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Suspect in Pentagon Officer's Death Faces New Capital Charges

By Jerry Markon
Washington Post Staff Writer
Thursday, April 7, 2005; Page A17

More serious charges that could carry the death penalty were levied yesterday against a man accused of fatally injuring Pentagon police officer James Feltis in January by slamming into him at a traffic booth with a carjacked vehicle, prosecutors said.

A federal grand jury indicted Ossie K. LaRode, 22, on charges of murdering and assaulting a federal officer and carjacking resulting in death, prosecutors said at a news conference outside the federal courthouse in Alexandria.

U.S. Attorney Paul J. McNulty called the death of Feltis -- the first Pentagon officer killed in the line of duty in the agency's 61-year history -- an "enormous blow" to the police force.

McNulty said his office will make a recommendation to U.S. Attorney General Alberto R. Gonzales about whether to seek the death penalty. Gonzales will make that decision. Two of the new charges carry a possible death penalty.

Police say LaRode carjacked a car in Alexandria in January and led them on a six-mile chase before driving the wrong way into the Pentagon's south parking lot and plowing into Feltis. Critically injured, Feltis lived for five weeks but never regained consciousness. He died Feb. 14.

Pentagon Police Chief Richard S. Keevill yesterday accused LaRode of deliberately running Feltis down. "This man was interested in getting away,'' Keevill said at the news conference. "He obviously knew that he was going to run down a police officer because the officer was standing in front of him.''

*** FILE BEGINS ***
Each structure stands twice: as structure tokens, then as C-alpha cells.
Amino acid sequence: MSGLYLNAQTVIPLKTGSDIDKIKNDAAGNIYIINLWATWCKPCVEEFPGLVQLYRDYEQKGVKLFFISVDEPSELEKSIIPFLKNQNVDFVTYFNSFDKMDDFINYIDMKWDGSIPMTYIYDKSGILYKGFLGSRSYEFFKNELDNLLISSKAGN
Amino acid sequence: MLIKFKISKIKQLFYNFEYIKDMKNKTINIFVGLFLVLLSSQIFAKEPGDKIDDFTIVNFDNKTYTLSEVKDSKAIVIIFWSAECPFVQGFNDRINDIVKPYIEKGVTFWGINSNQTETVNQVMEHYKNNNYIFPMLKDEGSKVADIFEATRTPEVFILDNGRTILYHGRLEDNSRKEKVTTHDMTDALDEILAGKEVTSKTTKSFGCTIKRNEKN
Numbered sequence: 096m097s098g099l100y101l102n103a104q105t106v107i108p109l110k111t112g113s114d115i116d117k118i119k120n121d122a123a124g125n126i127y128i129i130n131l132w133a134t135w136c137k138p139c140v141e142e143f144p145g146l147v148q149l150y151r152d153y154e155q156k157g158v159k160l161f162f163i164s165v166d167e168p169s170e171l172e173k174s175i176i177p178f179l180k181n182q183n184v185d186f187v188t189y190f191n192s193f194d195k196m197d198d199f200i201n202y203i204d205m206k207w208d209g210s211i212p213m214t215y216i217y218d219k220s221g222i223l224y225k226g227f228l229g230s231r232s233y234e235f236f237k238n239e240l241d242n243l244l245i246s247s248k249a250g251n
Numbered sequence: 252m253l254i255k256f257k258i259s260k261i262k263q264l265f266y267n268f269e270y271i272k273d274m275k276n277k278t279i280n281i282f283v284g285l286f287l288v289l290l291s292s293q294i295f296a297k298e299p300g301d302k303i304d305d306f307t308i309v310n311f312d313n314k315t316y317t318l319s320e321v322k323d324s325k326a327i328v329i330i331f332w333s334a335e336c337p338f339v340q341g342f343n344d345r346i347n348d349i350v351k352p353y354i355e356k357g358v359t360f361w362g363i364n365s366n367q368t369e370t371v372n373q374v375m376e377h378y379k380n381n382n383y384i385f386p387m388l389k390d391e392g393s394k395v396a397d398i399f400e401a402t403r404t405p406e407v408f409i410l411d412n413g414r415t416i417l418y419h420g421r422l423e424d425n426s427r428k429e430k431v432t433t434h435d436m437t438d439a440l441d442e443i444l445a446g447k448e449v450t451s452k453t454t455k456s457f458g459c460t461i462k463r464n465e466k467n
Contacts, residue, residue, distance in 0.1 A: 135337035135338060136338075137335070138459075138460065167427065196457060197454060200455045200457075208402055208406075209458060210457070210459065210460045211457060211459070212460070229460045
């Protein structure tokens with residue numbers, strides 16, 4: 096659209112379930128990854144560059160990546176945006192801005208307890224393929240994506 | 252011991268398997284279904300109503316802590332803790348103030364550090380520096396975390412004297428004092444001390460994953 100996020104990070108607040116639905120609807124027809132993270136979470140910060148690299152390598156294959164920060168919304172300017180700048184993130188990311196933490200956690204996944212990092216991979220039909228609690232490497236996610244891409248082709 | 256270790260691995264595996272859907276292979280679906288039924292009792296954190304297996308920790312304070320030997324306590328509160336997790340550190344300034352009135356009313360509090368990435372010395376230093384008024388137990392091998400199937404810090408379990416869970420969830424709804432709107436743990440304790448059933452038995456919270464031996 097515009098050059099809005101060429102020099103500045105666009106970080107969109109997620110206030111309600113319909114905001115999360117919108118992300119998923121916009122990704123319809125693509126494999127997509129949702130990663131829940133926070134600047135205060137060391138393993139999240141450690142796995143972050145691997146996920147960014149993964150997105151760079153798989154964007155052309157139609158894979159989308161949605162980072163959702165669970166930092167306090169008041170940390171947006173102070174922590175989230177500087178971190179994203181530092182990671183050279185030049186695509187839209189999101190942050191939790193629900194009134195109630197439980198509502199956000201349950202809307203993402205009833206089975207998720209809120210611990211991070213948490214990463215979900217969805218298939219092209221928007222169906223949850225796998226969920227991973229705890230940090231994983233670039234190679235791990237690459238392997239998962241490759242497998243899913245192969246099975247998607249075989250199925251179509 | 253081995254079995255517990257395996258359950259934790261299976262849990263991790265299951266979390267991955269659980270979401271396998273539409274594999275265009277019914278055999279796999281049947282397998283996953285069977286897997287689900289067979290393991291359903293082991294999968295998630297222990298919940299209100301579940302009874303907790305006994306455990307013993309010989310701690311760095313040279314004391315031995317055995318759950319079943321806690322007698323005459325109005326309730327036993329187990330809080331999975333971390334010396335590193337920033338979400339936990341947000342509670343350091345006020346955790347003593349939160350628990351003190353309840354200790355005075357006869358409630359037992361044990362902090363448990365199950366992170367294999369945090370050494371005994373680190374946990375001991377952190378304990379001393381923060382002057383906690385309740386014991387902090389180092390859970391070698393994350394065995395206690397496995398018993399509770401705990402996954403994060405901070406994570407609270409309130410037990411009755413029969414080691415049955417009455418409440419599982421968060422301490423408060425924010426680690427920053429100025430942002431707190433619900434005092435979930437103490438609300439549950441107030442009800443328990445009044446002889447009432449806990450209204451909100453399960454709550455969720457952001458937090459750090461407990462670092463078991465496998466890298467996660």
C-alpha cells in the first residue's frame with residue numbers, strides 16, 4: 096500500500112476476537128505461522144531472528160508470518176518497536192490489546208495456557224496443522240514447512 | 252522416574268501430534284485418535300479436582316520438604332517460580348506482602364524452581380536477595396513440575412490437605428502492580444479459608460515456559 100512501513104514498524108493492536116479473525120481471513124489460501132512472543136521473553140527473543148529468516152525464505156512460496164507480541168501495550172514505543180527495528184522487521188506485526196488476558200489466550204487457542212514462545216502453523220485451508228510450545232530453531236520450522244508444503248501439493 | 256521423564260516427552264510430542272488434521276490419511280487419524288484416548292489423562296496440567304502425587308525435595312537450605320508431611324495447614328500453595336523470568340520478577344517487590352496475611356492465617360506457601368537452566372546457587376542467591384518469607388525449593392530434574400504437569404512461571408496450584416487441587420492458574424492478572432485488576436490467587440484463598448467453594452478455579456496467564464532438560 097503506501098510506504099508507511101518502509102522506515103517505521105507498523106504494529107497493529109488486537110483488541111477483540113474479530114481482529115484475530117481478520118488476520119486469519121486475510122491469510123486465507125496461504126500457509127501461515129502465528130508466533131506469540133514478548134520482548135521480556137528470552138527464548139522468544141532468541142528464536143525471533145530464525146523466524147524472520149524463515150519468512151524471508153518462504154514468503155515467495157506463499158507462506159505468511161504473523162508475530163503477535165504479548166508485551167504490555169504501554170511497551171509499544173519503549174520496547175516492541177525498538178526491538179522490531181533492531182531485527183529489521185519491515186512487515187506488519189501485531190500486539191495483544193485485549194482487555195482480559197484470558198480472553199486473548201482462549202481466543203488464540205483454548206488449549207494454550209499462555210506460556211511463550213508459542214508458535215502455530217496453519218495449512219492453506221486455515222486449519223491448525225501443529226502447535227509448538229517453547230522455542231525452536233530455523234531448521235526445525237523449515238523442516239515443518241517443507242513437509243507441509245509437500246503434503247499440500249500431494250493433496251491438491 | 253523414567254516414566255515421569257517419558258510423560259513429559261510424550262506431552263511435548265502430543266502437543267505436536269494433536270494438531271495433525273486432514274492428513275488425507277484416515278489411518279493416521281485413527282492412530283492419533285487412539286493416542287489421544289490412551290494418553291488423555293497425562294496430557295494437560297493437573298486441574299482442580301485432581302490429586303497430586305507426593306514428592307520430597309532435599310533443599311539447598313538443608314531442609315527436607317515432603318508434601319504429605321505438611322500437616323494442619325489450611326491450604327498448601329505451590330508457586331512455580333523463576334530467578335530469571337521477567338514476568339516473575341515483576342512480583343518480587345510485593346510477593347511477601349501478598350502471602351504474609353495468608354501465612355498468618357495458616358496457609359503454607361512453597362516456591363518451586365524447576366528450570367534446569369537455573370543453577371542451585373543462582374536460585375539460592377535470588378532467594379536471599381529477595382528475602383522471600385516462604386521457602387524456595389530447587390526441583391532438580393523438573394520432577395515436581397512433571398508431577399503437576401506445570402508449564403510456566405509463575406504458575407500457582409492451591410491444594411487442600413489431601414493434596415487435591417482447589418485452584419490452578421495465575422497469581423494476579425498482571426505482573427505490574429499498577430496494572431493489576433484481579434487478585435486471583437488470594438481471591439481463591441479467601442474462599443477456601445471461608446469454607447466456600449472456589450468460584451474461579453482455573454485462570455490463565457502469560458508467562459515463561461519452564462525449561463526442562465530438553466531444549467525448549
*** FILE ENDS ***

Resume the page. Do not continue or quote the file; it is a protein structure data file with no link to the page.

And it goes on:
Gerald T. Zerkin, an attorney for LaRode, said his client will plead not guilty to the new charges. A federal grand jury first indicted LaRode, of no fixed address, in February on charges that included attempted murder before Feltis died.

Zerkin said he had expected yesterday's indictment but declined to comment further.

According to police, LaRode stole a 2002 black Cadillac on Jan. 11 from a 65-year-old Maryland man who had parked at a McDonald's restaurant in Alexandria. He then led local and state police on a six-mile chase along Interstate 395 before zooming the wrong way on a one-way street at the Pentagon.

Feltis, a 12-year veteran of the force who was on duty at a traffic booth, tried to stop the speeding car, police said. But LaRode allegedly accelerated the Cadillac into Feltis and continued up a ramp leading to Route 27, where he was rammed by an Alexandria police cruiser and crashed into a guardrail.

He then scuffled with four officers, snatching a gun from an Alexandria officer and accidentally shooting himself in the leg and groin, police said.

LaRode will be arraigned on the new charges tomorrow.

At a memorial service attended by hundreds of people in February, Feltis was remembered as a quiet man who cherished his wife and daughter and as a dedicated officer who was a natural leader.

At the service, Mary Feltis talked about the love that blossomed when she and her husband were ROTC cadets at Ohio University.

"The depth of my sorrow is deeper than the Grand Canyon,'' she said, "and I miss him so much.''

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